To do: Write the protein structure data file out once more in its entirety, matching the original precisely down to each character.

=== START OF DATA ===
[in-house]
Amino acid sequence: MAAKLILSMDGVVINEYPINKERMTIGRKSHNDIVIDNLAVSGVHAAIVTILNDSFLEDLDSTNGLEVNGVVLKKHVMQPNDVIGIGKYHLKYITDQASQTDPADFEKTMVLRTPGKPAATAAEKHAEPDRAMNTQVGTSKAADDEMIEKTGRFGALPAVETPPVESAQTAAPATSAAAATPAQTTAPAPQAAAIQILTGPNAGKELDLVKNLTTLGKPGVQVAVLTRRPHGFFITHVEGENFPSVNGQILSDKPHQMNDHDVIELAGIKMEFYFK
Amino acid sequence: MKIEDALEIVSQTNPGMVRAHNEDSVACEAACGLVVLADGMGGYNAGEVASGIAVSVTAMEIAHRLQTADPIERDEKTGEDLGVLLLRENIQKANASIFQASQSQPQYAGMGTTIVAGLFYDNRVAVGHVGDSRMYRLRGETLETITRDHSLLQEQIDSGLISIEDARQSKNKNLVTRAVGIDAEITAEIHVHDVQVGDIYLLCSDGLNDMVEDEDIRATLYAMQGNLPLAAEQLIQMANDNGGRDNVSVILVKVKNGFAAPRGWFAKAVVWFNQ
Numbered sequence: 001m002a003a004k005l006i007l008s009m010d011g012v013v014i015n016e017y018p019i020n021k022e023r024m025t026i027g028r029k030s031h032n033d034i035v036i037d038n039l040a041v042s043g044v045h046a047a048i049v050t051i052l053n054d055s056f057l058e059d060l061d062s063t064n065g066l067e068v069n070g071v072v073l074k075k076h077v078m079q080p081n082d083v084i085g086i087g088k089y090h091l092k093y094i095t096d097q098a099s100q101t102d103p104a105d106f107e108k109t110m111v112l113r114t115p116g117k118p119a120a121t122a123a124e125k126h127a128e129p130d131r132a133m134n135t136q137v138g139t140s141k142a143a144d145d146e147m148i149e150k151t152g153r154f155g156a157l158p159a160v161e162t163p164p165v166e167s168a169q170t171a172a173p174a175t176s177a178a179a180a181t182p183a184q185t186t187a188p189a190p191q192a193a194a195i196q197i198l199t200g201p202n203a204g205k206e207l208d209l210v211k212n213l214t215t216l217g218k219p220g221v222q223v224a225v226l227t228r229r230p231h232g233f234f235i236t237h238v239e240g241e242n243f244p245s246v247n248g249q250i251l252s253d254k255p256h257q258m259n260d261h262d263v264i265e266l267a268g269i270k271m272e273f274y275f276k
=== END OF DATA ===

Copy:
[in-house]
Amino acid sequence: MAAKLILSMDGVVINEYPINKERMTIGRKSHNDIVIDNLAVSGVHAAIVTILNDSFLEDLDSTNGLEVNGVVLKKHVMQPNDVIGIGKYHLKYITDQASQTDPADFEKTMVLRTPGKPAATAAEKHAEPDRAMNTQVGTSKAADDEMIEKTGRFGALPAVETPPVESAQTAAPATSAAAATPAQTTAPAPQAAAIQILTGPNAGKELDLVKNLTTLGKPGVQVAVLTRRPHGFFITHVEGENFPSVNGQILSDKPHQMNDHDVIELAGIKMEFYFK
Amino acid sequence: MKIEDALEIVSQTNPGMVRAHNEDSVACEAACGLVVLADGMGGYNAGEVASGIAVSVTAMEIAHRLQTADPIERDEKTGEDLGVLLLRENIQKANASIFQASQSQPQYAGMGTTIVAGLFYDNRVAVGHVGDSRMYRLRGETLETITRDHSLLQEQIDSGLISIEDARQSKNKNLVTRAVGIDAEITAEIHVHDVQVGDIYLLCSDGLNDMVEDEDIRATLYAMQGNLPLAAEQLIQMANDNGGRDNVSVILVKVKNGFAAPRGWFAKAVVWFNQ
Numbered sequence: 001m002a003a004k005l006i007l008s009m010d011g012v013v014i015n016e017y018p019i020n021k022e023r024m025t026i027g028r029k030s031h032n033d034i035v036i037d038n039l040a041v042s043g044v045h046a047a048i049v050t051i052l053n054d055s056f057l058e059d060l061d062s063t064n065g066l067e068v069n070g071v072v073l074k075k076h077v078m079q080p081n082d083v084i085g086i087g088k089y090h091l092k093y094i095t096d097q098a099s100q101t102d103p104a105d106f107e108k109t110m111v112l113r114t115p116g117k118p119a120a121t122a123a124e125k126h127a128e129p130d131r132a133m134n135t136q137v138g139t140s141k142a143a144d145d146e147m148i149e150k151t152g153r154f155g156a157l158p159a160v161e162t163p164p165v166e167s168a169q170t171a172a173p174a175t176s177a178a179a180a181t182p183a184q185t186t187a188p189a190p191q192a193a194a195i196q197i198l199t200g201p202n203a204g205k206e207l208d209l210v211k212n213l214t215t216l217g218k219p220g221v222q223v224a225v226l227t228r229r230p231h232g233f234f235i236t237h238v239e240g241e242n243f244p245s246v247n248g249q250i251l252s253d254k255p256h257q258m259n260d261h262d263v264i265e266l267a268g269i270k271m272e273f274y275f276k